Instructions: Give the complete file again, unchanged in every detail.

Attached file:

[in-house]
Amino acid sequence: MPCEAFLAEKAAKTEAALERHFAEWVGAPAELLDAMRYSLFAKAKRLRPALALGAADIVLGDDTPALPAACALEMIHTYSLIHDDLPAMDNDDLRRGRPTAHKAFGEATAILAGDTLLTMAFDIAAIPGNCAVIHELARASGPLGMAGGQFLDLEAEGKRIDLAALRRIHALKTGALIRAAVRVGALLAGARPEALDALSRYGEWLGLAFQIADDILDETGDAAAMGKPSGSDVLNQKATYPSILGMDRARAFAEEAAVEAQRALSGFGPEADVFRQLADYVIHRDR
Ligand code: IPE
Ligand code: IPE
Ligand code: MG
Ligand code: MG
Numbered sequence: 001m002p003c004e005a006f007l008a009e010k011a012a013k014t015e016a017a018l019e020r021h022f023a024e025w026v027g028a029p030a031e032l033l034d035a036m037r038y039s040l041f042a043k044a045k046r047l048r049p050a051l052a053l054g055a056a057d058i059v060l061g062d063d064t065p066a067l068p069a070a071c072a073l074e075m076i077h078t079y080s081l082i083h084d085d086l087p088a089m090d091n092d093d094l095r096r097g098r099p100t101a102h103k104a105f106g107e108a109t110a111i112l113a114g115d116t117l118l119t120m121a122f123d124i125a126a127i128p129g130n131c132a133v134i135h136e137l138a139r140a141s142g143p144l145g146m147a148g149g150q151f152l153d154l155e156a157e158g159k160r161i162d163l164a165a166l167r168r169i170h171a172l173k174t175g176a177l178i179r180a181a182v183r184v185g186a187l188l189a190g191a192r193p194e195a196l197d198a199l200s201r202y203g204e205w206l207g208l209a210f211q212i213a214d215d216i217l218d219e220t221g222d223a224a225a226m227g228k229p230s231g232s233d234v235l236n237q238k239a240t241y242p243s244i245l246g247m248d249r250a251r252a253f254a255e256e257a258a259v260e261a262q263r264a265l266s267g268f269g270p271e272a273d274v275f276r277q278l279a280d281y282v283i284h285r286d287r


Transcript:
[in-house]
Amino acid sequence: MPCEAFLAEKAAKTEAALERHFAEWVGAPAELLDAMRYSLFAKAKRLRPALALGAADIVLGDDTPALPAACALEMIHTYSLIHDDLPAMDNDDLRRGRPTAHKAFGEATAILAGDTLLTMAFDIAAIPGNCAVIHELARASGPLGMAGGQFLDLEAEGKRIDLAALRRIHALKTGALIRAAVRVGALLAGARPEALDALSRYGEWLGLAFQIADDILDETGDAAAMGKPSGSDVLNQKATYPSILGMDRARAFAEEAAVEAQRALSGFGPEADVFRQLADYVIHRDR
Ligand code: IPE
Ligand code: IPE
Ligand code: MG
Ligand code: MG
Numbered sequence: 001m002p003c004e005a006f007l008a009e010k011a012a013k014t015e016a017a018l019e020r021h022f023a024e025w026v027g028a029p030a031e032l033l034d035a036m037r038y039s040l041f042a043k044a045k046r047l048r049p050a051l052a053l054g055a056a057d058i059v060l061g062d063d064t065p066a067l068p069a070a071c072a073l074e075m076i077h078t079y080s081l082i083h084d085d086l087p088a089m090d091n092d093d094l095r096r097g098r099p100t101a102h103k104a105f106g107e108a109t110a111i112l113a114g115d116t117l118l119t120m121a122f123d124i125a126a127i128p129g130n131c132a133v134i135h136e137l138a139r140a141s142g143p144l145g146m147a148g149g150q151f152l153d154l155e156a157e158g159k160r161i162d163l164a165a166l167r168r169i170h171a172l173k174t175g176a177l178i179r180a181a182v183r184v185g186a187l188l189a190g191a192r193p194e195a196l197d198a199l200s201r202y203g204e205w206l207g208l209a210f211q212i213a214d215d216i217l218d219e220t221g222d223a224a225a226m227g228k229p230s231g232s233d234v235l236n237q238k239a240t241y242p243s244i245l246g247m248d249r250a251r252a253f254a255e256e257a258a259v260e261a262q263r264a265l266s267g268f269g270p271e272a273d274v275f276r277q278l279a280d281y282v283i284h285r286d287r